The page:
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Town of Jenkins 1914

Shop Hollow Dump Site, Jenkins

Site ID: 15Lr40

Kentucky Archaeological Survey
Unless specified, we cannot provide site location information.


​​​​​​​The University of Kentucky conducted archaeological investigations in the 1990s at the Shop Hollow Dump site.  The work was carried out prior to hollow filling, as part of surface mining activities. Residents of the twentieth-century mining community of Jenkins threw out their everyday trash in this dump.  Shop Hollow Dump was one of several company dumps.  

Consolidated Coal Company (now Consol Energy, based in Pennsylvania) built Jenkins in 1911 as a “model” coal community.  Model towns typically offered services other towns did not - ​a large company store, better-built schools and churches, and recreational facilities such as bowling alleys and movie theatres. Jenkins also had the unusual service of company-provided garbage collection. At its peak, 8,000 people lived in Jenkins.  

Consolidated Coal sold the mines to Bethlehem Steel in 1956. Eventually, most of the houses were sold to individuals.  

Archaeologists investigate the Shop Hollow Dump site


​Site excavations encountered trash deposits that were several feet thick. Artifact density was so high, field workers often found very little soil among the objects in the test units.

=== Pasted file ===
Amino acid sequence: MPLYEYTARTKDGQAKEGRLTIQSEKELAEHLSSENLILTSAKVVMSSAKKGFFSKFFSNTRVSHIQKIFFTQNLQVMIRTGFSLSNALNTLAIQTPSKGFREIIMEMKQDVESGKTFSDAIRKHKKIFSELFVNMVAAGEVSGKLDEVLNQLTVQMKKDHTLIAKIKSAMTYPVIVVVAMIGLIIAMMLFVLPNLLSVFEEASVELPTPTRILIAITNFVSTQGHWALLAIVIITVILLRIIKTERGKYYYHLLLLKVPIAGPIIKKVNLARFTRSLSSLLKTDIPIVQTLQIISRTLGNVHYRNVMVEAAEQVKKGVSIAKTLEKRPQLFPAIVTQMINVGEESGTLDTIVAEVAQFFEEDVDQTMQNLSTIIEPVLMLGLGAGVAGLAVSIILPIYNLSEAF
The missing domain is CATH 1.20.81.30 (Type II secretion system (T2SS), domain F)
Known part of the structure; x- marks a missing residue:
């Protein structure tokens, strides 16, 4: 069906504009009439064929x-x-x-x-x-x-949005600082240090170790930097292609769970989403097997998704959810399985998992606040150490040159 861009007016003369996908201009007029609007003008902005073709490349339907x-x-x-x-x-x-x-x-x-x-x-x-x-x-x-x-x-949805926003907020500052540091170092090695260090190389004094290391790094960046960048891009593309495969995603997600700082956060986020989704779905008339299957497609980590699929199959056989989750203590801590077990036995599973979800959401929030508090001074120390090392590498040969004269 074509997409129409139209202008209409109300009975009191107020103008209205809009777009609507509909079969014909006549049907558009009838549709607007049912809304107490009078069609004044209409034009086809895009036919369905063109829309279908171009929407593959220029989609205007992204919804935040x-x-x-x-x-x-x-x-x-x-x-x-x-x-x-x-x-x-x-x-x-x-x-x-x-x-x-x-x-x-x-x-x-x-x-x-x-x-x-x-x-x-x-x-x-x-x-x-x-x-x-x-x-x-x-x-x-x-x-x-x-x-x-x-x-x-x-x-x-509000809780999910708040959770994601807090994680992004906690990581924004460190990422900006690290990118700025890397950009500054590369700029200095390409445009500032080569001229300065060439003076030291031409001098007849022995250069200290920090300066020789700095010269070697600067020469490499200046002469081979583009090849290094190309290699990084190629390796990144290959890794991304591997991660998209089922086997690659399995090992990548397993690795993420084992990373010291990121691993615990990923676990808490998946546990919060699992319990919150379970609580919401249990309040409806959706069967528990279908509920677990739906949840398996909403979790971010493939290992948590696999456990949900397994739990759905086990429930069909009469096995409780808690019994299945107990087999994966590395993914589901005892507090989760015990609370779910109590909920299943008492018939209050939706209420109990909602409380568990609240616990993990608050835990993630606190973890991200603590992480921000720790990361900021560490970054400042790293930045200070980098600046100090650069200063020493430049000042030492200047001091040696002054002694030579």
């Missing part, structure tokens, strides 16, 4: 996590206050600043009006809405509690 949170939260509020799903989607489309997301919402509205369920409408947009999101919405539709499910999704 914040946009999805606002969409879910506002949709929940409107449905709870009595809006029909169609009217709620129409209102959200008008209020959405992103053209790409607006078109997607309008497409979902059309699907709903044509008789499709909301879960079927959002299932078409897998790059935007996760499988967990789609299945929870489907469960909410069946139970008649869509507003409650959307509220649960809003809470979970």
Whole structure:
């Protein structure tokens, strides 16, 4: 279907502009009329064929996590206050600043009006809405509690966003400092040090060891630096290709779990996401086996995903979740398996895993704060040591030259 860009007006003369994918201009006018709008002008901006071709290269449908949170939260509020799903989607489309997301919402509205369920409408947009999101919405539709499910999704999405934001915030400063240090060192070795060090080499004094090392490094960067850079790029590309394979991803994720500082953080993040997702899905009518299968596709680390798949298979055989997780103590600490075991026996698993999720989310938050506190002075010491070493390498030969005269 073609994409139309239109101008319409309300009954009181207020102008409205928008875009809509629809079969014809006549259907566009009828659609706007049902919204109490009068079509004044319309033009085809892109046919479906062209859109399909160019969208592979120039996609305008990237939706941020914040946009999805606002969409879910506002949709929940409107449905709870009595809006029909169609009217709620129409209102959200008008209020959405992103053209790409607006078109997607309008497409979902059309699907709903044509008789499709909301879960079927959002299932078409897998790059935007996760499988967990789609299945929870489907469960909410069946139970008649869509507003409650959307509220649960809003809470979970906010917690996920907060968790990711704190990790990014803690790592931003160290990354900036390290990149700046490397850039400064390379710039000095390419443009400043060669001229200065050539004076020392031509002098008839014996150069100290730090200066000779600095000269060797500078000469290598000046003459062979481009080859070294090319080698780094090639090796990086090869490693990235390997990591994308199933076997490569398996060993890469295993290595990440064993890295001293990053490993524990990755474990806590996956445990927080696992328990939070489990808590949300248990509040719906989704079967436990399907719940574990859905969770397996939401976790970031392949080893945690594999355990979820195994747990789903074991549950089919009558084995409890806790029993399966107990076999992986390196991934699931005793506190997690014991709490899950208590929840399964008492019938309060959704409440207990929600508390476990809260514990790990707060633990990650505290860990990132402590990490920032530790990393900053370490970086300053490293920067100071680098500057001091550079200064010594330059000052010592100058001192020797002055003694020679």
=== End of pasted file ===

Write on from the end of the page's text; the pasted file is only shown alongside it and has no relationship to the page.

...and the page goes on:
Artifacts were typical domestic items, such as broken china and bottles. Bottles were more frequently whole or nearly whole, in comparison to those found in yard trash  deposits.  Some of the artifacts, such as carbide head lamps, reflected the mining occupation of the town's residents. These kinds of artifacts are rarely found at non-mining sites.  

The archaeological data, documentary evidence, and oral histories suggested that the Jenkins residents had ​​considerable access to material goods through the large company store. They could buy from the store's stock or place special orders, if they desired.

Glass medicine bottles.

What's Cool?

​Progressive Era Ideas in Dishes and Milk Bottles​

Many of the ceramics from the Shop Hollow Dump were plain, undecorated, white vessels - plates, cups and saucers, and bowls. They often appeared to be parts of matched sets. 

This preference for white ceramics showed that Jenkins residents were keeping up with current national trends. By the early twentieth century, plain ceramics had become more popular than the brightly colored ceramics of the nineteenth century.  Part of their appeal may have stemmed from “Progressive Era” ideas about cleanliness and sanitation. 

These ideas also may explain the many milk bottles found in the dump. Bottled milk was considered safer compared to earlier methods of delivery, such as in buckets or large metal cans.​

Plain or minimally decorated ironstone and whiteware ceramics.

Related Materials

​Historic Photographs

Kentucky Coal Heritage​

Additional Historic Photographs

Coal Camp Project - Jenkins

Ph.D. Dissertation

Consuming Appalachia: an Archaeology of Company Coal Towns​

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